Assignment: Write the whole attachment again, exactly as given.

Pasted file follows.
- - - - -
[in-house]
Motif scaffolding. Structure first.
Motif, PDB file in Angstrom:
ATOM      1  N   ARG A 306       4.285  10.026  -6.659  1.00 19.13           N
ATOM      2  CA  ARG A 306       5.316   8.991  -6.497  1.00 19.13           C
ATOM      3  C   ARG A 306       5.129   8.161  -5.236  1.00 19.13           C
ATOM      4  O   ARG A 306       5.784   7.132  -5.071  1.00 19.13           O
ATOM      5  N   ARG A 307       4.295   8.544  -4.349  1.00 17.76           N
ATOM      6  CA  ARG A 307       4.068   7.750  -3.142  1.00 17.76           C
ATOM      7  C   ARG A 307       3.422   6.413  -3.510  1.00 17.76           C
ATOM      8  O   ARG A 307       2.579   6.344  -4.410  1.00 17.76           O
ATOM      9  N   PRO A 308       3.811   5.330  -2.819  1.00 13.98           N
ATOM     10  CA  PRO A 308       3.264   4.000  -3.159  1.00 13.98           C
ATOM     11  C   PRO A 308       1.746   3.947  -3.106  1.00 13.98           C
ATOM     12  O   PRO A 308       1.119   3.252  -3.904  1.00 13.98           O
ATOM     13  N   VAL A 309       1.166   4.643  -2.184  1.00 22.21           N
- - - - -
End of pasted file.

[in-house]
Motif scaffolding. Structure first.
Motif, PDB file in Angstrom:
ATOM      1  N   ARG A 306       4.285  10.026  -6.659  1.00 19.13           N
ATOM      2  CA  ARG A 306       5.316   8.991  -6.497  1.00 19.13           C
ATOM      3  C   ARG A 306       5.129   8.161  -5.236  1.00 19.13           C
ATOM      4  O   ARG A 306       5.784   7.132  -5.071  1.00 19.13           O
ATOM      5  N   ARG A 307       4.295   8.544  -4.349  1.00 17.76           N
ATOM      6  CA  ARG A 307       4.068   7.750  -3.142  1.00 17.76           C
ATOM      7  C   ARG A 307       3.422   6.413  -3.510  1.00 17.76           C
ATOM      8  O   ARG A 307       2.579   6.344  -4.410  1.00 17.76           O
ATOM      9  N   PRO A 308       3.811   5.330  -2.819  1.00 13.98           N
ATOM     10  CA  PRO A 308       3.264   4.000  -3.159  1.00 13.98           C
ATOM     11  C   PRO A 308       1.746   3.947  -3.106  1.00 13.98           C
ATOM     12  O   PRO A 308       1.119   3.252  -3.904  1.00 13.98           O
ATOM     13  N   VAL A 309       1.166   4.643  -2.184  1.00 22.21           N